A new publication focussing on the people and communities which are part of Cornwall's mining heritage is being launched at a fortnight long exhibition at the Cornwall Centre, May 12 - 23.

Voices of the Cornish Mining Landscape' by Dr Sharron Schwartz is a unique undertaking, based around interviews with former mine workers and other local residents who live in the Central Mining District (the towns of Camborne and Redruth and the constellation of mining villages around them). The book addresses how Cornish mining heritage is regarded by individuals and "is a work exploring the Cornish mining landscape from the perspective of those who lived and are living within it."

Accompanying the book launch is an exhibition of archive images from the Cornwall Centre alongside specially commissioned portraits of some of the interviewees, taken by Cornwall based photographer, Vince Bevan, as well as excerpts of the book to accompany the pictures.

The book was conceived by members of the project team at Cornwall county council responsible for implementing the Mineral Tramways Heritage Project, and following on from the successful bid for some of Cornwall's mining landscape to become a UNESCO World Heritage Site.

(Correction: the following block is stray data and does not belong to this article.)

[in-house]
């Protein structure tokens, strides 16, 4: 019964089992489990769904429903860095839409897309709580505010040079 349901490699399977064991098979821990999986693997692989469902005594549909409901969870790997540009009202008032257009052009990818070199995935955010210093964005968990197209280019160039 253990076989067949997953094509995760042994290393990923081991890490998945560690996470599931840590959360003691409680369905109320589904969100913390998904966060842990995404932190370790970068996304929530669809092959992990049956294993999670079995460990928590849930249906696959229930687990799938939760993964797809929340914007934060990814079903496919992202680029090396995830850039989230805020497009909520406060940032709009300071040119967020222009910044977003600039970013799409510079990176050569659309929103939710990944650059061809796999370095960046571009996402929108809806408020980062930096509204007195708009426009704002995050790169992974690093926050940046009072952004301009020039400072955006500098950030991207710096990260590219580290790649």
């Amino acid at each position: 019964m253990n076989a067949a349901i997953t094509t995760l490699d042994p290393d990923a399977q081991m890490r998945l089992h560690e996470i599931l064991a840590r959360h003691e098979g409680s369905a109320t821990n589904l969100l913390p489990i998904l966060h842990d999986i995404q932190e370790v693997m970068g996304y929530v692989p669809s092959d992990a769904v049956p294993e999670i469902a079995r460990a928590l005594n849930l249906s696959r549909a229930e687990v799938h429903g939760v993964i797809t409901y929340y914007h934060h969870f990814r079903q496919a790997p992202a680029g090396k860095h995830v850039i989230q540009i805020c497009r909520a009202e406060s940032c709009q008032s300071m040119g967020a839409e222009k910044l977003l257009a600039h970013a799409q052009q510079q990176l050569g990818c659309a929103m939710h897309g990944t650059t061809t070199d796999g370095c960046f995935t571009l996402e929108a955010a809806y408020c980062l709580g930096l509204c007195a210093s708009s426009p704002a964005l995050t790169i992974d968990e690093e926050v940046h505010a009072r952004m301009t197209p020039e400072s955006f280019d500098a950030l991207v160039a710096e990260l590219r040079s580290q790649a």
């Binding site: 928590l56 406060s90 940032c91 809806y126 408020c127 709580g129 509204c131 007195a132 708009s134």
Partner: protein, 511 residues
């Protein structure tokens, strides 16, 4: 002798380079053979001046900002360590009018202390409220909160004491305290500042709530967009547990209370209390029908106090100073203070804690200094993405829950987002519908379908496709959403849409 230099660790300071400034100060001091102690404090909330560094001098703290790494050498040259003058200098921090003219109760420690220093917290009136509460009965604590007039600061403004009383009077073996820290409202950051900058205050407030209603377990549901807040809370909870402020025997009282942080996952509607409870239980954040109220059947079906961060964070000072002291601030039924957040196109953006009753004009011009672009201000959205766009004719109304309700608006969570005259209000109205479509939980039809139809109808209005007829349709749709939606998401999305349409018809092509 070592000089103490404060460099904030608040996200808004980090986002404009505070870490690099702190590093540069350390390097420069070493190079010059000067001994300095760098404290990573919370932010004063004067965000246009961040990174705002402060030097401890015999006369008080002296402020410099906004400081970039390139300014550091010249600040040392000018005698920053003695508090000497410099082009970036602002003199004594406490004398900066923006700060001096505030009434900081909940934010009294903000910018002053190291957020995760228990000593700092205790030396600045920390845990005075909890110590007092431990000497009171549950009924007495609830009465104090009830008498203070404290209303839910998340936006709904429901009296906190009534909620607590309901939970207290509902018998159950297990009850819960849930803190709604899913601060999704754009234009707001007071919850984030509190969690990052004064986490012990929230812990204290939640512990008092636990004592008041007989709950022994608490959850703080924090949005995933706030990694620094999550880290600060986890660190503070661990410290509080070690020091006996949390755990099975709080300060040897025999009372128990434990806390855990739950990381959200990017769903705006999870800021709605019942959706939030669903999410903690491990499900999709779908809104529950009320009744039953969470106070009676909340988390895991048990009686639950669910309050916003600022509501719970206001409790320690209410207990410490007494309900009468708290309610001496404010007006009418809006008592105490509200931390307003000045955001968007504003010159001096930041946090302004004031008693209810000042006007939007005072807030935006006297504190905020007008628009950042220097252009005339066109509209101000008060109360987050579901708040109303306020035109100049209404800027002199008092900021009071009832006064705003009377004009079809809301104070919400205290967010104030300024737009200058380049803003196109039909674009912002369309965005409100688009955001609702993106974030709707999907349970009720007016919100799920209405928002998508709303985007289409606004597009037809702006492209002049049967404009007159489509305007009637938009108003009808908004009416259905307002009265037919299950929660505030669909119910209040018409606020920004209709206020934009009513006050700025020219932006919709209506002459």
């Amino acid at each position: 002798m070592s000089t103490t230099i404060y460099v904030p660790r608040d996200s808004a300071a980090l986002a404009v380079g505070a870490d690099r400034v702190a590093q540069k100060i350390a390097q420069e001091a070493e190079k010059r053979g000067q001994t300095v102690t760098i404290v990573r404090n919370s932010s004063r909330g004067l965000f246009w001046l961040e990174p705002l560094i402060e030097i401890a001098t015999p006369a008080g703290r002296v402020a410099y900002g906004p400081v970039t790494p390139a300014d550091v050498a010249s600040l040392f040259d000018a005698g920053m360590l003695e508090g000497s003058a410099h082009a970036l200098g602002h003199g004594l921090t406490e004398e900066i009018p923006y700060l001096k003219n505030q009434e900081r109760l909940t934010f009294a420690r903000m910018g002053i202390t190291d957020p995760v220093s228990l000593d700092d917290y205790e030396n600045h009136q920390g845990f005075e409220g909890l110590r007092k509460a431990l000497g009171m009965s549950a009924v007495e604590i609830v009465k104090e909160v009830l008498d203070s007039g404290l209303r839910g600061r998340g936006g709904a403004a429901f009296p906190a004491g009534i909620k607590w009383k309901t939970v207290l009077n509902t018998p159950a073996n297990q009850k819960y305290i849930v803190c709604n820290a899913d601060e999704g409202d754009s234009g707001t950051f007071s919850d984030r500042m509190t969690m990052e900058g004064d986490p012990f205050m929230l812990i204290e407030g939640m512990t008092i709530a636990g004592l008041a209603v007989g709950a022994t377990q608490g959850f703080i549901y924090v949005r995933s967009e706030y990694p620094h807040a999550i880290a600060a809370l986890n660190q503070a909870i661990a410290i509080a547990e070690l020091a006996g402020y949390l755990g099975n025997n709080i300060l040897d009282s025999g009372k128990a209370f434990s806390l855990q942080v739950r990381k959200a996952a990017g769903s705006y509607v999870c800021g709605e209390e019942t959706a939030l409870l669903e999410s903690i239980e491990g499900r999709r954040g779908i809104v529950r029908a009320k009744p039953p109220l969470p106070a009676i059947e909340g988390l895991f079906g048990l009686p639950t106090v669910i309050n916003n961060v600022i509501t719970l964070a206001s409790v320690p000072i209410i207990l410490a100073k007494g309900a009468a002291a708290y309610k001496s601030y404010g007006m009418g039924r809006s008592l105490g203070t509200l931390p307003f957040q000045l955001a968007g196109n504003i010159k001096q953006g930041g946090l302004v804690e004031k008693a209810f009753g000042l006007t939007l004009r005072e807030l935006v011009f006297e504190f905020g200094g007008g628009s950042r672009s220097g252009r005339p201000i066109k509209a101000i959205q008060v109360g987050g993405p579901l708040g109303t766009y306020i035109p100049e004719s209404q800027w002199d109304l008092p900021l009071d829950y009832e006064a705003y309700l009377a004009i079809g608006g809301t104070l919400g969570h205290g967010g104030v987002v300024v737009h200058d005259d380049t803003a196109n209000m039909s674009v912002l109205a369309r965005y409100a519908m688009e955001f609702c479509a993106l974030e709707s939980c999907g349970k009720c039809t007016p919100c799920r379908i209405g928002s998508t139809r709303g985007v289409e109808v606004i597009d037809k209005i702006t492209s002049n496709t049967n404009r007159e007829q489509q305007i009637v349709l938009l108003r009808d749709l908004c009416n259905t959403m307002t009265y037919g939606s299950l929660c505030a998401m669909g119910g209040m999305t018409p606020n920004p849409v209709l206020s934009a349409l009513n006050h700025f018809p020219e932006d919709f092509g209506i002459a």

Dr Sharron Schwartz said: "We have been bequeathed a fabulous landscape and heritage by our predecessors that we should be intensely proud of, a reminder that Cornwall lay at the very centre of the global hard rock mining industry. I was honoured to be asked to write this book as it was a unique opportunity to "people" this internationally recognised landscape using the thoughts and words of those who have called and continue to call it, their home."

The springboard for the Voices' initiative was an oral testimony project managed by the Mineral Tramways Project in partnership with the University of Exeter's Institute of Cornish Studies Cornwall Audio Visual Archive (CAVA). Voices' relied on the enthusiasm and efforts of many people, in particular a group of intrepid volunteers who recorded interviews with local people who gave up their time to talk.

"For the first time, this book presents the views and opinions of local people concerning the mining landscape that surrounds them", said Lucia Crothall, former Mineral Tramways Project Education Officer. "Some of the many remarkable words that were spoken can be read in the book and more will soon be made publicly accessible on CDs housed at the Cornwall Centre in Redruth. A fifteen minute edited version of key recordings can also be downloaded from www.sense-of-place.co.uk/voices"